First of all, I live. I make observations. I people watch. I think. I do a whole lot of each one of those. That is first. Then, the thoughts must be given rest, and so I write. Writing helps me to realize why I am bothered, or what I think about my thoughts, or why I am thinking about whatever I am thinking about.

Next, I listen. I listen to others, I listen to myself. I listen to the Spirit. Sometimes I write in response to needs and to answer the call of the Spirit.

My writing is not the best it could be because I often write spontaneously with little editing. Did I just tell you that? oops.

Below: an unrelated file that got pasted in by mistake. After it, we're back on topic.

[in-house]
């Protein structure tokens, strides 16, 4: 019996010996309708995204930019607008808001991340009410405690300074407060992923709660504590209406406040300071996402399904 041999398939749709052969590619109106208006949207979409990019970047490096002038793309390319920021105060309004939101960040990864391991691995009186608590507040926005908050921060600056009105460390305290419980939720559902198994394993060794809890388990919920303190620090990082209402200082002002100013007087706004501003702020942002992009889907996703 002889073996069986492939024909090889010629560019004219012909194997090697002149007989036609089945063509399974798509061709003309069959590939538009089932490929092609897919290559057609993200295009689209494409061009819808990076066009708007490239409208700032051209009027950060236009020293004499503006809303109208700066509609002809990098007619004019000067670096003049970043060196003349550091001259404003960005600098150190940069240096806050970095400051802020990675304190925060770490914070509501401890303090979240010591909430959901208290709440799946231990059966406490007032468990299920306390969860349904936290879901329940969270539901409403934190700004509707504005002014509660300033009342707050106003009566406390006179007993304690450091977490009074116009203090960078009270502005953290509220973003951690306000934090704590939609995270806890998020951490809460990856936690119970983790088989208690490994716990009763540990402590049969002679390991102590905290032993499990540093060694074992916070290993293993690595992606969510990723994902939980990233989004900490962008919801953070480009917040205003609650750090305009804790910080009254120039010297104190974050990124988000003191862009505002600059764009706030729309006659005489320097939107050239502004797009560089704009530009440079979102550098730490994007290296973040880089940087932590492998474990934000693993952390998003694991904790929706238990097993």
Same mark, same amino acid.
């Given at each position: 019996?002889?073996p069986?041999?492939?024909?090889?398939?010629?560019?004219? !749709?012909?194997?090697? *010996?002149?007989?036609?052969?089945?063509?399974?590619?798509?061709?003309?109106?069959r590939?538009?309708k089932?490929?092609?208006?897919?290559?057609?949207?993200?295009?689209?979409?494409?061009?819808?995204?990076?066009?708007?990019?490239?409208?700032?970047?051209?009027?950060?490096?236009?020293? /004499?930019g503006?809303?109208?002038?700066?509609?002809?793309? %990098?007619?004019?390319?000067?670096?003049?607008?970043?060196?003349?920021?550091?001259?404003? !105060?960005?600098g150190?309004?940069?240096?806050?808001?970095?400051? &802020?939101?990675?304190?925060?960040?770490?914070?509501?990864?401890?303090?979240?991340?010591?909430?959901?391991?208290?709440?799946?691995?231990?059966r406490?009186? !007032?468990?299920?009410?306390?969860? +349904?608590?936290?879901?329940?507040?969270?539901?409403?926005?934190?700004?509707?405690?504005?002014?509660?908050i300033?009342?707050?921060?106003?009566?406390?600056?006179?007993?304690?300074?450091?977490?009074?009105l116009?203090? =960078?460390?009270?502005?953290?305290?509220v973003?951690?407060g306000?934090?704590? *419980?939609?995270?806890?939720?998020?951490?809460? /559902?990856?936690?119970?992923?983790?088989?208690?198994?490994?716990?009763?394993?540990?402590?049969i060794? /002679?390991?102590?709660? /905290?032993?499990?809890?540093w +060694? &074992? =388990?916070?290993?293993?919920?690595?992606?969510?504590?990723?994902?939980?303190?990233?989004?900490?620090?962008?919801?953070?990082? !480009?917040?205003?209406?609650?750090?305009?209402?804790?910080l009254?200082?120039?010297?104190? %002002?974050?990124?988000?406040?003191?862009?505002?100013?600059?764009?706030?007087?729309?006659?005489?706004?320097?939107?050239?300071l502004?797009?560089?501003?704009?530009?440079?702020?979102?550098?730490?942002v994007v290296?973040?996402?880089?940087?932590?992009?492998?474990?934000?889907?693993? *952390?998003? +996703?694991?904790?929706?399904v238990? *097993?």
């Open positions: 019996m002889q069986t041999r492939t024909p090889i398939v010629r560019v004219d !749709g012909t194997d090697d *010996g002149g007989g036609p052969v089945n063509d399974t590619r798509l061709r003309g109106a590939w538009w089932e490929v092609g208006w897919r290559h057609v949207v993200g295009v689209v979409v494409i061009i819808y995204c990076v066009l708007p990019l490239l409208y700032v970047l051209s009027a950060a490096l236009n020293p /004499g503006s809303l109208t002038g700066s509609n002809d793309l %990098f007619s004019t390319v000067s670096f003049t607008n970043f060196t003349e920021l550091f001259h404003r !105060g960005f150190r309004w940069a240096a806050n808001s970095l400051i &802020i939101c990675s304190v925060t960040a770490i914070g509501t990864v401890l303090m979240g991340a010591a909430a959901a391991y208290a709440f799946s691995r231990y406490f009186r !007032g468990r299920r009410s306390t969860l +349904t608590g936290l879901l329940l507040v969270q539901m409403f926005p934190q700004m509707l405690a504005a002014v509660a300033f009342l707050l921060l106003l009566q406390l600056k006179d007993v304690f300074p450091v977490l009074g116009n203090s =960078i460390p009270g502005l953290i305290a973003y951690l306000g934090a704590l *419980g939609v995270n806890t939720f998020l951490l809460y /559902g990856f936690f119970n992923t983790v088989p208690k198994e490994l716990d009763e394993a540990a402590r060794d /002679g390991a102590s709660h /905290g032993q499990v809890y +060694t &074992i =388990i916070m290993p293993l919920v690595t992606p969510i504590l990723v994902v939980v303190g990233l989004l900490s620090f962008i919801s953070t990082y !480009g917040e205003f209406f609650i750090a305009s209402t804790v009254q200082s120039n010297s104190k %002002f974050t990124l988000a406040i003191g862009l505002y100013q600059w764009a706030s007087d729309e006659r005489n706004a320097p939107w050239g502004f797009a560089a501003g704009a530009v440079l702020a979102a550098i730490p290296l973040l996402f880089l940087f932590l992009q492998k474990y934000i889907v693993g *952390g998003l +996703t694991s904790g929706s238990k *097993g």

In regard to my last post, “Reforming Church: selling us,” I wrote a rough draft first. I reread it a few days later; I let my husband read it. It was unfinished – just a skeleton of words. Much needed to be added to make it a body. I left it alone for weeks. One because I was addressing leaders. During those weeks, I thought about it some more and researched and listened to the Spirit. Then I was ready to begin the final process, and I adding a great deal more, but it was now in an order that did not flow properly. I printed out my work each day I worked on it, and made red mark edits and additions. The Tribe Writers class helped that piece to speak with authority because I learned to cut out all of the wishy washy language like, “I think,” “it’s a fine line,” etc. I would do all I could to make it better, and then set it aside each day. Then the next day I would look at it again with fresh eyes and read it aloud doing the same thing as the day before until it was finally finished. I used these editing strategies given by Denise Hughes. So overall, I spent more time on that piece than any other, and it was the most well received. I should be taking care of my audience and my editing more often.